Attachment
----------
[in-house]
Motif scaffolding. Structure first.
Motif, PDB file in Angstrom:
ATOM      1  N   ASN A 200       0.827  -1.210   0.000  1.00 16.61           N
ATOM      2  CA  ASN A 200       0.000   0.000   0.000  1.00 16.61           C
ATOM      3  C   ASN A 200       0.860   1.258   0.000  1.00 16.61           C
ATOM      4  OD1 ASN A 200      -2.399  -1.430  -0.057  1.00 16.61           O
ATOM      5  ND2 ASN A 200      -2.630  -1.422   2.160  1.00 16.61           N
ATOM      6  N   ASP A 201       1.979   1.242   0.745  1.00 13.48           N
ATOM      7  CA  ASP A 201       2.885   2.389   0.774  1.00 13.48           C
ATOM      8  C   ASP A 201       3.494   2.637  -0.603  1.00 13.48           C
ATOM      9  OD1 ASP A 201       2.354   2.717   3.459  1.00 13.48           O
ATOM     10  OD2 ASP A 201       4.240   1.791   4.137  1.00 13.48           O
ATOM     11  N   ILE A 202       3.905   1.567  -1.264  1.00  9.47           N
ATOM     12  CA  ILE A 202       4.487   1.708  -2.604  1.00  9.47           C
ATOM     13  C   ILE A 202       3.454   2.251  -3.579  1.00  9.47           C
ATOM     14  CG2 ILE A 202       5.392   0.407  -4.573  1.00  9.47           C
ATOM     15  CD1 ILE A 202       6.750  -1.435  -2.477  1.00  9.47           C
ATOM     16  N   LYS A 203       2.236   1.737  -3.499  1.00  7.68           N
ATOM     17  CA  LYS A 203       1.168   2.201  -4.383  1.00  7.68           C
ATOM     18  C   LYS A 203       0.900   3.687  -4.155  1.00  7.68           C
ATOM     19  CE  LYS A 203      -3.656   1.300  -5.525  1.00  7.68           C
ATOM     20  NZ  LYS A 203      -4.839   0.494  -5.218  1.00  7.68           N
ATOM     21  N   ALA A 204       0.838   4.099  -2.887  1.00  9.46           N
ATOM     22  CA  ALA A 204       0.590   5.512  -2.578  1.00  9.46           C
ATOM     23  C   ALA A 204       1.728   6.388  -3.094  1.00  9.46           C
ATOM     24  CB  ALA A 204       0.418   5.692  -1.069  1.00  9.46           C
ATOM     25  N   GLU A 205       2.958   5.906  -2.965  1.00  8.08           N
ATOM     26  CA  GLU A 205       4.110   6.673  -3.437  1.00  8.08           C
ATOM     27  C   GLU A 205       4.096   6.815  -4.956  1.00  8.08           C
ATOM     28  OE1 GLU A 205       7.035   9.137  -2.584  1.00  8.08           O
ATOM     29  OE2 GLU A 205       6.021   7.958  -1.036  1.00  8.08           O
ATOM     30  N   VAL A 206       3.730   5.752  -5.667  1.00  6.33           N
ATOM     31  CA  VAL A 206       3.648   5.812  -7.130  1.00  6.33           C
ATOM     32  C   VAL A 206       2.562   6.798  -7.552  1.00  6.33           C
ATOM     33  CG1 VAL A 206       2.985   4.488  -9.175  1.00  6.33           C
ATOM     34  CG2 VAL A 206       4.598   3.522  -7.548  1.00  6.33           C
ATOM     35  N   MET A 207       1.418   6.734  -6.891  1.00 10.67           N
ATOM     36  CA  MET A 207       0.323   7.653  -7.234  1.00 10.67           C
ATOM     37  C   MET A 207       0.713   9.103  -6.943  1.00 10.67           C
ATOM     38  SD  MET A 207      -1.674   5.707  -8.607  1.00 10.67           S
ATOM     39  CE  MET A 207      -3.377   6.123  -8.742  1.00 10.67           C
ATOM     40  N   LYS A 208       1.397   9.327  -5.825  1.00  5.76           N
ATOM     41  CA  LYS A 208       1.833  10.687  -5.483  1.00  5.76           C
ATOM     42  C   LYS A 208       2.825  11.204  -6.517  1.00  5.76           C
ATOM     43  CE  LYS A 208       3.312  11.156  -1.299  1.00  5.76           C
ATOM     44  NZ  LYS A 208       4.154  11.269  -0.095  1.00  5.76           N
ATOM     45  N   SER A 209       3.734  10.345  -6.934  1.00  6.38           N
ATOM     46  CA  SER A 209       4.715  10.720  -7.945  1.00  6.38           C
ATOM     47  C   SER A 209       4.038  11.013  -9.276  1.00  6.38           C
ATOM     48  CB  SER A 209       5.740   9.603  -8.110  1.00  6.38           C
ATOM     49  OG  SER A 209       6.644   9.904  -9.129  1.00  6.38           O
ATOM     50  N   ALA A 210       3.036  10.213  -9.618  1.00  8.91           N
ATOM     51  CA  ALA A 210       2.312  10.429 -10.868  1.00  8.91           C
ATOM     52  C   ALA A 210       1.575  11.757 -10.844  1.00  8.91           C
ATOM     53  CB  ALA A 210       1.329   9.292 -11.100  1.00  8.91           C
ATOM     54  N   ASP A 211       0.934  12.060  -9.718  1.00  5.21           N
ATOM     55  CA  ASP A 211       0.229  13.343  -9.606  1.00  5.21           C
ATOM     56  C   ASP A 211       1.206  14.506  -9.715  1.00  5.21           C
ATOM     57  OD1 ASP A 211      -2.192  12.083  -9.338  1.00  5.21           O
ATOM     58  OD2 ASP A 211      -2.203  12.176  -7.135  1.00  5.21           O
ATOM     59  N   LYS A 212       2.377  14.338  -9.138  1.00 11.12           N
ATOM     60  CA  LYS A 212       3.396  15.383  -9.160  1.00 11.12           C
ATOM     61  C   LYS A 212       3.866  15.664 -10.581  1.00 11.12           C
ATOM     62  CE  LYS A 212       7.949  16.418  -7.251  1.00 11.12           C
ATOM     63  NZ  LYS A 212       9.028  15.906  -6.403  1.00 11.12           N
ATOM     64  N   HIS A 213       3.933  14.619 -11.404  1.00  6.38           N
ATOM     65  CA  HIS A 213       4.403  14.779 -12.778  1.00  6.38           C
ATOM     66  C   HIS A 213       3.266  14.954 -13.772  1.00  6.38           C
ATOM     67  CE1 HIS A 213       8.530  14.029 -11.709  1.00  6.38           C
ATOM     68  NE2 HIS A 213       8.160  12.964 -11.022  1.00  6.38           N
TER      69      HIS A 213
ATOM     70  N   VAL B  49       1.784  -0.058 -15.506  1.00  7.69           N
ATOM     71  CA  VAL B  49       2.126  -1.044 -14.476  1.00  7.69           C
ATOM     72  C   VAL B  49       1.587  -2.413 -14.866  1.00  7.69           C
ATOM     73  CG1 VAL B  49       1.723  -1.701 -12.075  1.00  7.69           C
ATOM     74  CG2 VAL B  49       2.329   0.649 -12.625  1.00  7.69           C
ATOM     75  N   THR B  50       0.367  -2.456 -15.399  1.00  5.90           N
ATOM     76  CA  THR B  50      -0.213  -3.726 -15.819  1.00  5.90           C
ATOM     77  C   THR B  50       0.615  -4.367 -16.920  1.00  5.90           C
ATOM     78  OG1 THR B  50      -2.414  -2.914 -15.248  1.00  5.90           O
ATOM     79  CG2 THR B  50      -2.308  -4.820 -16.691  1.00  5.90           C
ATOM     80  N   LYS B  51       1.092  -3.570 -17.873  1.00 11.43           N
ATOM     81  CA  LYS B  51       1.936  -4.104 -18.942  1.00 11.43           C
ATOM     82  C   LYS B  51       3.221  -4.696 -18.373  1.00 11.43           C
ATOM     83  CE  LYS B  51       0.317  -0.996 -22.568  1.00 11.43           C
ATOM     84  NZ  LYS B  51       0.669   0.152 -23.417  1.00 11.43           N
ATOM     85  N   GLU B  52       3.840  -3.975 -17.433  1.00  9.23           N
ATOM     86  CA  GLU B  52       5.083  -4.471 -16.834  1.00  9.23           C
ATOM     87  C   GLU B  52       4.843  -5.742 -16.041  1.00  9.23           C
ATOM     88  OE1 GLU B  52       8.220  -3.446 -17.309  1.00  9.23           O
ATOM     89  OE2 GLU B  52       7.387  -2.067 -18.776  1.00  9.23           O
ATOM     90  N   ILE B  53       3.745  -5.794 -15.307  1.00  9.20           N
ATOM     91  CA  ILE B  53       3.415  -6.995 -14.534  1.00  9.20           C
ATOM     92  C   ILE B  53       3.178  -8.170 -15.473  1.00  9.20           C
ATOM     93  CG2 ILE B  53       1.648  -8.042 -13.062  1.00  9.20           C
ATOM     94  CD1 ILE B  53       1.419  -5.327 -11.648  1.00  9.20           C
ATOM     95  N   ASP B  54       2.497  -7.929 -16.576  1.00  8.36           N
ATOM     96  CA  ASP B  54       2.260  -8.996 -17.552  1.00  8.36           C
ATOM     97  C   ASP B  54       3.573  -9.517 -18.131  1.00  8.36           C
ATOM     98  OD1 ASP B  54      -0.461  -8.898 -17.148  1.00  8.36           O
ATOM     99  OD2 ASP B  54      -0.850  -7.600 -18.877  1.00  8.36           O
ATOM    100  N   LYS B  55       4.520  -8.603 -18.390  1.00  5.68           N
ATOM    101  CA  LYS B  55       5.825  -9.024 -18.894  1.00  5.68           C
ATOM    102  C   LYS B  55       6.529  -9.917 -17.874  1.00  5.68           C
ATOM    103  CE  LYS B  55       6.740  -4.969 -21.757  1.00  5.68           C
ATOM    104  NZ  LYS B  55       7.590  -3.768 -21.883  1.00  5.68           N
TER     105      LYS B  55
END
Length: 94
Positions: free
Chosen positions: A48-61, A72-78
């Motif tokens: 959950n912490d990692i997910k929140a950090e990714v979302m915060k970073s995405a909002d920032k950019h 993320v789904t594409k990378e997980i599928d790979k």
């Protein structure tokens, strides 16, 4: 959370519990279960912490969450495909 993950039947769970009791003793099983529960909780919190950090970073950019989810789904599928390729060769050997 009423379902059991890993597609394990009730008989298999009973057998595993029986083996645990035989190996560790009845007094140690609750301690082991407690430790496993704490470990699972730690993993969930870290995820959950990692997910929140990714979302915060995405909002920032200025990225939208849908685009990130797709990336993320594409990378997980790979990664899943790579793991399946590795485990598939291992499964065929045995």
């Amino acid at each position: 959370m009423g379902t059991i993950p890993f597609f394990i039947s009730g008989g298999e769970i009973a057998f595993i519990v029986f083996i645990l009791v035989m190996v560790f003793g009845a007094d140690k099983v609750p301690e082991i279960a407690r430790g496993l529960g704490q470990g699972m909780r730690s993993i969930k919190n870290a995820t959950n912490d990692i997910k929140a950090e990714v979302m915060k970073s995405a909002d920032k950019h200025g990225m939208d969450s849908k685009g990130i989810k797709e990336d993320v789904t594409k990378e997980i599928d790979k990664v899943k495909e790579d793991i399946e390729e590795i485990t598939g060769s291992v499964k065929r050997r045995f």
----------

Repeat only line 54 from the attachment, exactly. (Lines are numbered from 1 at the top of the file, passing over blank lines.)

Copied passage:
ATOM     51  CA  ALA A 210       2.312  10.429 -10.868  1.00  8.91           C